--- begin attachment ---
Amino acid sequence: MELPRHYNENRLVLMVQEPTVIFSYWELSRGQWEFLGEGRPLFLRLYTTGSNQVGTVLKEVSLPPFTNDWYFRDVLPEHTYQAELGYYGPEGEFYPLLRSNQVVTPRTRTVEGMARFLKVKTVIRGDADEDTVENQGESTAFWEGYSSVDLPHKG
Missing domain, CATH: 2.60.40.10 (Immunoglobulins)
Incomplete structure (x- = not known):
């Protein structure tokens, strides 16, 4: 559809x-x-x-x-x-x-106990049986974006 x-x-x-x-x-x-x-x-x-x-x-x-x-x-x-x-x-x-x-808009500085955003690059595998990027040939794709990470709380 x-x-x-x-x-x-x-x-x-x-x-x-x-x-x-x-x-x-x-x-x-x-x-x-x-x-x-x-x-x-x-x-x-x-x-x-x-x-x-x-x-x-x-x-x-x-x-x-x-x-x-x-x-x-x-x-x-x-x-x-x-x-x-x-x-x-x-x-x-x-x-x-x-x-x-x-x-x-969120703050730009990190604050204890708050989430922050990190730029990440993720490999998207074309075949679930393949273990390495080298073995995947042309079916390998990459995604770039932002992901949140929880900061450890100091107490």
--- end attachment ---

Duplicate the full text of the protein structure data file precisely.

Amino acid sequence: MELPRHYNENRLVLMVQEPTVIFSYWELSRGQWEFLGEGRPLFLRLYTTGSNQVGTVLKEVSLPPFTNDWYFRDVLPEHTYQAELGYYGPEGEFYPLLRSNQVVTPRTRTVEGMARFLKVKTVIRGDADEDTVENQGESTAFWEGYSSVDLPHKG
Missing domain, CATH: 2.60.40.10 (Immunoglobulins)
Incomplete structure (x- = not known):
């Protein structure tokens, strides 16, 4: 559809x-x-x-x-x-x-106990049986974006 x-x-x-x-x-x-x-x-x-x-x-x-x-x-x-x-x-x-x-808009500085955003690059595998990027040939794709990470709380 x-x-x-x-x-x-x-x-x-x-x-x-x-x-x-x-x-x-x-x-x-x-x-x-x-x-x-x-x-x-x-x-x-x-x-x-x-x-x-x-x-x-x-x-x-x-x-x-x-x-x-x-x-x-x-x-x-x-x-x-x-x-x-x-x-x-x-x-x-x-x-x-x-x-x-x-x-x-969120703050730009990190604050204890708050989430922050990190730029990440993720490999998207074309075949679930393949273990390495080298073995995947042309079916390998990459995604770039932002992901949140929880900061450890100091107490």